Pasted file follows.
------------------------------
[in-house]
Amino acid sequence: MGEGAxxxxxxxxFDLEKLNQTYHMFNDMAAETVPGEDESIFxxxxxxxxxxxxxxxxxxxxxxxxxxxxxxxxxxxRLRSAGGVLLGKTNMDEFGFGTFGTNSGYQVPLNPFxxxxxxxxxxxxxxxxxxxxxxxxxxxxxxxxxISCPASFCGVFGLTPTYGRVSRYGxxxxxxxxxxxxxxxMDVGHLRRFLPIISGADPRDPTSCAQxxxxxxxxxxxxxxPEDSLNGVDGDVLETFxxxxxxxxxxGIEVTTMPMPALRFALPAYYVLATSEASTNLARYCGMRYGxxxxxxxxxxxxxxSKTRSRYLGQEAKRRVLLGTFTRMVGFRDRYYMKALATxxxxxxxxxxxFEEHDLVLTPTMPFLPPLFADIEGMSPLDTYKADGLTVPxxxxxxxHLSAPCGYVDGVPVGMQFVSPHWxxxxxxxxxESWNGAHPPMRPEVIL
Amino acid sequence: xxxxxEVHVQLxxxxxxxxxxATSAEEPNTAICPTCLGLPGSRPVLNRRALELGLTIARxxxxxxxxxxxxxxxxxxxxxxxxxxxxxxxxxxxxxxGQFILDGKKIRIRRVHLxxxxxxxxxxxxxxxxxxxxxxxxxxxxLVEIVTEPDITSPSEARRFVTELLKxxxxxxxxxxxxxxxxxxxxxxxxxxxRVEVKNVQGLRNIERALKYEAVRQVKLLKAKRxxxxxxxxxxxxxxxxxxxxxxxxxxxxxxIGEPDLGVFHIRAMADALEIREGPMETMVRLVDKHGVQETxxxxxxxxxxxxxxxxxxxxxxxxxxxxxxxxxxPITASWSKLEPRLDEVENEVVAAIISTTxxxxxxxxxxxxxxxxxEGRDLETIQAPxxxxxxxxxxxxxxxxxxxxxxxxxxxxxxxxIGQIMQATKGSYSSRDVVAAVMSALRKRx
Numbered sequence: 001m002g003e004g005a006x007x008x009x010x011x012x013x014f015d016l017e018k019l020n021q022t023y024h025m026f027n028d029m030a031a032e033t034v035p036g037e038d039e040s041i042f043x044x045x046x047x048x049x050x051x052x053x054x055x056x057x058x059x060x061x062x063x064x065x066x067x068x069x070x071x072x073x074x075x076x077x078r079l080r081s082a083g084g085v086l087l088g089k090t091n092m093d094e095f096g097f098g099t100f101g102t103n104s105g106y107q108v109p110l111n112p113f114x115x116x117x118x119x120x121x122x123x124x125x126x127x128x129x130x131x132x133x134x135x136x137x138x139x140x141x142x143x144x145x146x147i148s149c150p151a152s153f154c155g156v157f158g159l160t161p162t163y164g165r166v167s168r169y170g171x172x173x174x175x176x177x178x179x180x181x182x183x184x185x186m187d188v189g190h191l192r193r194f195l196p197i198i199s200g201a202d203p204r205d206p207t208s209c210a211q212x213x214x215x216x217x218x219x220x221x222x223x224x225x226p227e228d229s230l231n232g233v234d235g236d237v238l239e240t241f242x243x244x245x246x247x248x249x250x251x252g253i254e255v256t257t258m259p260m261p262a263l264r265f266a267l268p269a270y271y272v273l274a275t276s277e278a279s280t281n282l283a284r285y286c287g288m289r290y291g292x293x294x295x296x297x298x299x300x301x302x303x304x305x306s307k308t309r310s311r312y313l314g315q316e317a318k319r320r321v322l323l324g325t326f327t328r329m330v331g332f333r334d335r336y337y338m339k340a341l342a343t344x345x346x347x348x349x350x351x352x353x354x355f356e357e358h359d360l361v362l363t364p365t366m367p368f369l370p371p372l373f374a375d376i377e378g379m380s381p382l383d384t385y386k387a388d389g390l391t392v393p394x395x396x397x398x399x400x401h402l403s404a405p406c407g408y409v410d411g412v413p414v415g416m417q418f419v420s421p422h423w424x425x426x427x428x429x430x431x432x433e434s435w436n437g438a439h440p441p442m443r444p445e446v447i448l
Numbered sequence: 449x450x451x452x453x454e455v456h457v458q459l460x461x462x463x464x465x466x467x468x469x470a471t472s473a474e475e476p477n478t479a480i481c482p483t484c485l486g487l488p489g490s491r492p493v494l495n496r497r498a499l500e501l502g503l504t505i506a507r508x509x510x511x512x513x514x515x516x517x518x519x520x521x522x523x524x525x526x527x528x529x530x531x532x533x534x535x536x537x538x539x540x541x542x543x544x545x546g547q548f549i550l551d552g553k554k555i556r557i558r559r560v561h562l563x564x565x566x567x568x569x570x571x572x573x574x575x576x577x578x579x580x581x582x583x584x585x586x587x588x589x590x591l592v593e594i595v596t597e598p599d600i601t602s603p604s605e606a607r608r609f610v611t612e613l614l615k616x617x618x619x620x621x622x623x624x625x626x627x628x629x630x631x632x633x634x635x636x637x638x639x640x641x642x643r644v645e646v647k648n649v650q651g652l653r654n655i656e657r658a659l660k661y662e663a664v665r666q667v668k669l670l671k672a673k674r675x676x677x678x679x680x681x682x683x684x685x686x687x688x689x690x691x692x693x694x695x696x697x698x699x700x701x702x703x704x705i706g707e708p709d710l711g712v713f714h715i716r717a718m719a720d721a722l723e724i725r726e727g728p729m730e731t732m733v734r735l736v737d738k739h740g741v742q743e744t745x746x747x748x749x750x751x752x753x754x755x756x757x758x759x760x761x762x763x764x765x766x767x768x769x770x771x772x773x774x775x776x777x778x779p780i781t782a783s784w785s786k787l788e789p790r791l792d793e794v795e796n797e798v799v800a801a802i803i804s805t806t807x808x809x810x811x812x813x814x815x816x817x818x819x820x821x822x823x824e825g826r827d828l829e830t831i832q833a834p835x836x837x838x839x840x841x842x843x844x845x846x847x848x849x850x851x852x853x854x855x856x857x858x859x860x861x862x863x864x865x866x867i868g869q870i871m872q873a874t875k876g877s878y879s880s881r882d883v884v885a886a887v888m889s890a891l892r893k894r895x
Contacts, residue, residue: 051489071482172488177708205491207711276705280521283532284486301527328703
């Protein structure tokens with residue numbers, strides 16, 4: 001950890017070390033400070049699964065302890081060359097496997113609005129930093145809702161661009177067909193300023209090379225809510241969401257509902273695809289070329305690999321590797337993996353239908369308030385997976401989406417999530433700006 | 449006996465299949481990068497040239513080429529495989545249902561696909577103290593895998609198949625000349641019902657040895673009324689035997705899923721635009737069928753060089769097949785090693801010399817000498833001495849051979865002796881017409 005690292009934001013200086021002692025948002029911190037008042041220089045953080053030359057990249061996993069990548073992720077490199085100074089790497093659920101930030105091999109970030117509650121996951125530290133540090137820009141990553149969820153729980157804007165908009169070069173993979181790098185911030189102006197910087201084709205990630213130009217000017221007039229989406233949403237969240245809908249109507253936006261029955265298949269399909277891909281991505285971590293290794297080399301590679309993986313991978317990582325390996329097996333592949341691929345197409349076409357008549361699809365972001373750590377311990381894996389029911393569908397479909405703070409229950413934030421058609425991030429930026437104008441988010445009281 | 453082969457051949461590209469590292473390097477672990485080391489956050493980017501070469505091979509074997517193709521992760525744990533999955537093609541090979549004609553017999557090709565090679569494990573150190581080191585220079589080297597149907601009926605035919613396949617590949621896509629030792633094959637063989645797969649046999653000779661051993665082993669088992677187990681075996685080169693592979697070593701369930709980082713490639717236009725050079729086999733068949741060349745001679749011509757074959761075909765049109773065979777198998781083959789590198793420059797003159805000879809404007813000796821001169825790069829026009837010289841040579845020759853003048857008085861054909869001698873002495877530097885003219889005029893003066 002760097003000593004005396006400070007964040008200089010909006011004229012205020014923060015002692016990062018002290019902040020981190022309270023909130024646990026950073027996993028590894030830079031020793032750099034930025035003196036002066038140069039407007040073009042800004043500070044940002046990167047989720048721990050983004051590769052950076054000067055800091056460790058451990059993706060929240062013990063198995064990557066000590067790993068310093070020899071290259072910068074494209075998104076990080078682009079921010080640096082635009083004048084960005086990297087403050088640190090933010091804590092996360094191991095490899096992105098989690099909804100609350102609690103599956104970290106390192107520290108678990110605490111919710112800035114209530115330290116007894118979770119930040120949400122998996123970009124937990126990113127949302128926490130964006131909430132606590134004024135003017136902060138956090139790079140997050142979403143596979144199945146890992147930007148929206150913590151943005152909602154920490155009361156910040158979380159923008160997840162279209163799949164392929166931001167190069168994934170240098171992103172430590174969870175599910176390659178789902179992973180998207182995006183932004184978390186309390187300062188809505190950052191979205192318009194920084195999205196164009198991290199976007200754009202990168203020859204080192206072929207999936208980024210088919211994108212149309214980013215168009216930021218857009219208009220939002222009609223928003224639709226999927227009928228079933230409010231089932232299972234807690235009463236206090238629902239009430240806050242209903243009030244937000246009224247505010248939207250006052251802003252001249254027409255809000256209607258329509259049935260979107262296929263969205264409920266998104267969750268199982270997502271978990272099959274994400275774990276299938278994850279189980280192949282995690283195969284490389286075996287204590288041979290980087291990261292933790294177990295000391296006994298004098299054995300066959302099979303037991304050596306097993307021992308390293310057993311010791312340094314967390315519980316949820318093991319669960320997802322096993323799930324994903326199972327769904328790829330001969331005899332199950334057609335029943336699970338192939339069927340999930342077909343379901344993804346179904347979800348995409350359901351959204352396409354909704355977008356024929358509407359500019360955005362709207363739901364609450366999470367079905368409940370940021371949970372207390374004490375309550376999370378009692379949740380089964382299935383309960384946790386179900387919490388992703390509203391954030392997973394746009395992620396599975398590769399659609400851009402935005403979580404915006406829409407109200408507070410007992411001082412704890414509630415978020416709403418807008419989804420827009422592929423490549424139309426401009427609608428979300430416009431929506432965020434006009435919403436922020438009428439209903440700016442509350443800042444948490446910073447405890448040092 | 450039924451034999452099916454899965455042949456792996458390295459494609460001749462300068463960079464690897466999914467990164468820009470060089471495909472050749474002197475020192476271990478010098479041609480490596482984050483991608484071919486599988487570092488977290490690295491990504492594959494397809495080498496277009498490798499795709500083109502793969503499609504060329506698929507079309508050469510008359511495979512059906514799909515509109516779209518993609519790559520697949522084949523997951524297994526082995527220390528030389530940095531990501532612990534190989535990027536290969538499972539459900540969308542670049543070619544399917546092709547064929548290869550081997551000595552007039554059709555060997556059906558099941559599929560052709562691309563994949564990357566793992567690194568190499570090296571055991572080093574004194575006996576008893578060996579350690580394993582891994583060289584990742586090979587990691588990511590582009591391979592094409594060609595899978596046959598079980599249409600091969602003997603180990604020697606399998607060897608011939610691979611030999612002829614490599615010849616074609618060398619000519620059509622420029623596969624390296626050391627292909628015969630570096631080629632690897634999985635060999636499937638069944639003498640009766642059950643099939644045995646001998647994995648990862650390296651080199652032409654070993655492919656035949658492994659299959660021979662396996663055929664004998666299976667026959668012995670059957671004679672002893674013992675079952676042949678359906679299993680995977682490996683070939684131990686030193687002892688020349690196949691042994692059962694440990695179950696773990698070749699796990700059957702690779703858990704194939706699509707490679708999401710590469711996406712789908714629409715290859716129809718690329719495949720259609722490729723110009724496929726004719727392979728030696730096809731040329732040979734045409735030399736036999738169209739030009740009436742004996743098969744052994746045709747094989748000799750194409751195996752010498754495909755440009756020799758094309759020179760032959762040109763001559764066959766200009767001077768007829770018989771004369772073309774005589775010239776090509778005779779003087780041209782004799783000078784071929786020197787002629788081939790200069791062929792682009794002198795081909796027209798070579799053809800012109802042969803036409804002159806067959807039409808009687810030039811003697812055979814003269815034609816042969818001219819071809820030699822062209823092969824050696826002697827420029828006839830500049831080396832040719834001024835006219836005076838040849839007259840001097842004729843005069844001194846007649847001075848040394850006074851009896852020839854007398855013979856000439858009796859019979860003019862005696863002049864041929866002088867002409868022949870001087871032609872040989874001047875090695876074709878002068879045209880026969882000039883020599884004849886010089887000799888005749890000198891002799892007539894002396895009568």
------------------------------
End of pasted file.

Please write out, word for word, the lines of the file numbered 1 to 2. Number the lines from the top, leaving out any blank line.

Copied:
[in-house]
Amino acid sequence: MGEGAxxxxxxxxFDLEKLNQTYHMFNDMAAETVPGEDESIFxxxxxxxxxxxxxxxxxxxxxxxxxxxxxxxxxxxRLRSAGGVLLGKTNMDEFGFGTFGTNSGYQVPLNPFxxxxxxxxxxxxxxxxxxxxxxxxxxxxxxxxxISCPASFCGVFGLTPTYGRVSRYGxxxxxxxxxxxxxxxMDVGHLRRFLPIISGADPRDPTSCAQxxxxxxxxxxxxxxPEDSLNGVDGDVLETFxxxxxxxxxxGIEVTTMPMPALRFALPAYYVLATSEASTNLARYCGMRYGxxxxxxxxxxxxxxSKTRSRYLGQEAKRRVLLGTFTRMVGFRDRYYMKALATxxxxxxxxxxxFEEHDLVLTPTMPFLPPLFADIEGMSPLDTYKADGLTVPxxxxxxxHLSAPCGYVDGVPVGMQFVSPHWxxxxxxxxxESWNGAHPPMRPEVIL